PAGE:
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Also known as ‘heads of terms’ or ‘letters of intent’, an MoU is a document that outlines the expectations and responsibilities of two or more parties, creating a mutual benefit.

Often put in place for selective schools to form partnerships with state schools, memorandums of understanding can be used for a wide range of purposes. A typical MoU may include a commitment to explore the potential for:

  • developing joint research projects and activities;
  • collaborating on new and existing academic programmes;
  • staff and student exchanges;
  • doctoral student training and development; or
  • any other activities that can potentially be viewed as mutually beneficial.

Are MoUs legally binding?

MoUs are not intended to be legally binding in their entirety. The commercial terms included in an MoU are usually a general indication of the parties’ intentions and form the basis for negotiating a formal contract.

However, MoUs often contain specific provisions that are intended to be legally binding, particularly those relating to confidentiality and exclusivity.

When drafting an MoU, if you intend the parties to be legally bound by a provision, you should ensure that the provision is clearly identified as such within the document.

The benefits of an MoU

There are several benefits for an educational institution agreeing to an MoU. These include:

  • transparency for all parties about their contributions to the relationship, what each is getting out of it and the related timescales;
  • the chance for governing bodies to review and approve the related project at an early stage, making it easier to get governor backing upfront to safeguard against changes in personnel at a later stage; and
  • having a public document that clearly lays out what the partnership involves so that the governors, parents and other school community stakeholders can easily see how the school is contributing to the partnership and the benefits of doing so.

What to include in an MoU

Although there is no ‘one-size-fits-all’ memorandum of understanding, some common provisions  include:

  • Confidentiality: This provision is generally intended to be legally binding, as most parties want to ensure that any negotiations they enter into regarding a project (including the nature and scope of it) remain confidential. When drafting a confidentiality provision, careful consideration should be given to the time period that is specified, within which the parties must comply with their obligations (this should be dependent on the sensitivity of the information).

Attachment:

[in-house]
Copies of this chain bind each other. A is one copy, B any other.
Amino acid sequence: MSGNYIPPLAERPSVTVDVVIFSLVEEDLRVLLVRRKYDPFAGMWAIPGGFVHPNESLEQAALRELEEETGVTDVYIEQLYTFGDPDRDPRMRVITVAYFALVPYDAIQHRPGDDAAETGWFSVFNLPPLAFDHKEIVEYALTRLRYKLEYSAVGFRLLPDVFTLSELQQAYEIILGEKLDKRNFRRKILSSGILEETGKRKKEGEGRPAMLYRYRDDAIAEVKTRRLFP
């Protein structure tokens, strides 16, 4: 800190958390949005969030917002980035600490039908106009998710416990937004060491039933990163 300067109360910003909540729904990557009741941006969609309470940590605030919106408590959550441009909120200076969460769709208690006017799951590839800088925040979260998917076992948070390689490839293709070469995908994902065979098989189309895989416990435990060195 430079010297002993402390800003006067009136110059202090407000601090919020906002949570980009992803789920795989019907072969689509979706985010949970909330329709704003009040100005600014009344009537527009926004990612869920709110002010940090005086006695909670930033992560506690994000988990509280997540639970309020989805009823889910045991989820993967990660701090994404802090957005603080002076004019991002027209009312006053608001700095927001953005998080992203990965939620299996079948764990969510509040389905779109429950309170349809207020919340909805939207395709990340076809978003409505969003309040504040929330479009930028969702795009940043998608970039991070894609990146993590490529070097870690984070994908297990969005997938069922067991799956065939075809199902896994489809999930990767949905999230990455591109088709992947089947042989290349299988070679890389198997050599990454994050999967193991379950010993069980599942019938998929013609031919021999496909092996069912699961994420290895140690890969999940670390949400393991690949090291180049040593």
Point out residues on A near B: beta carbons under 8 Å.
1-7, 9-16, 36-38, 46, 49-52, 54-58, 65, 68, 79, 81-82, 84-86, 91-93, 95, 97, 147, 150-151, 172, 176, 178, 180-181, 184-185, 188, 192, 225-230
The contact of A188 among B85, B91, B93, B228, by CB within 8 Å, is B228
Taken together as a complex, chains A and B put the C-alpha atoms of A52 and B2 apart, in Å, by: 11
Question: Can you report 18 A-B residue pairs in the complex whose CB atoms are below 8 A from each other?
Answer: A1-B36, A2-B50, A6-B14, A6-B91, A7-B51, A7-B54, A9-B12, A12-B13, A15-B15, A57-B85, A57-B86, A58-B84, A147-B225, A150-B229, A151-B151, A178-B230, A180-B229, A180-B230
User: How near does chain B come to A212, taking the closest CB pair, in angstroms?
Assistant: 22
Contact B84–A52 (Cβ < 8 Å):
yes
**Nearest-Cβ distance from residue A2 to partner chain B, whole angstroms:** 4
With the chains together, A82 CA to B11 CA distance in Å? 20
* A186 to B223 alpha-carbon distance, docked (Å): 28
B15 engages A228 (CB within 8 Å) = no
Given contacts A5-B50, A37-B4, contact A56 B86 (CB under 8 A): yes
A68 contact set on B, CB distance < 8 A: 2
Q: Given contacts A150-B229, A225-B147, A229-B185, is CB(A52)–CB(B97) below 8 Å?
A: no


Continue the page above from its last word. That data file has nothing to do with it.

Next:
• Restrictions: These are often included to prevent the parties from doing something or acting in a specific way. A typical restriction would be for non-solicitation of business to prevent losing key employees to the other party. Although the parties are free to agree whatever restrictions they wish, the starting point is that they need to be reasonable to be enforced and they must protect a legitimate business interest.
  • Principles of collaboration: You should agree to adopt a number of principles when carrying out the project; for example, collaborating and co-operating, being open, acting in a timely manner and adhering to statutory requirements.
  • Project governance: This provides an agreed structure for the development and delivery of the project, including how the activities of each party are monitored.
  • Intellectual property: It is important to record the intention of each party around the ownership of any intellectual property rights that are created in the course of the project so that it is clear which party owns what rights. A licence should then be granted to the other party so that they can use the intellectual property for the purpose of the project.
  • Governing law: You should choose an appropriate governing law and jurisdiction clause to apply to the agreement. Generally speaking, if all parties to the memorandum of understanding are based in England, and the project will also be undertaken in England, it would be sensible to choose English law as the governing law.

Key takeaway

To reiterate, MoUs are not intended to be legally binding and should not be used as a substitute for a legally binding contract.

Memorandums of understanding are not designed to include much detail and are intended to record the commercial aspects of an agreement as opposed to any legal matters. An MoU should serve as a tool to help with drafting a contract and, if you intend for the parties to be bound it, you should ensure that it’s as detailed and carefully drafted as a formal contract.



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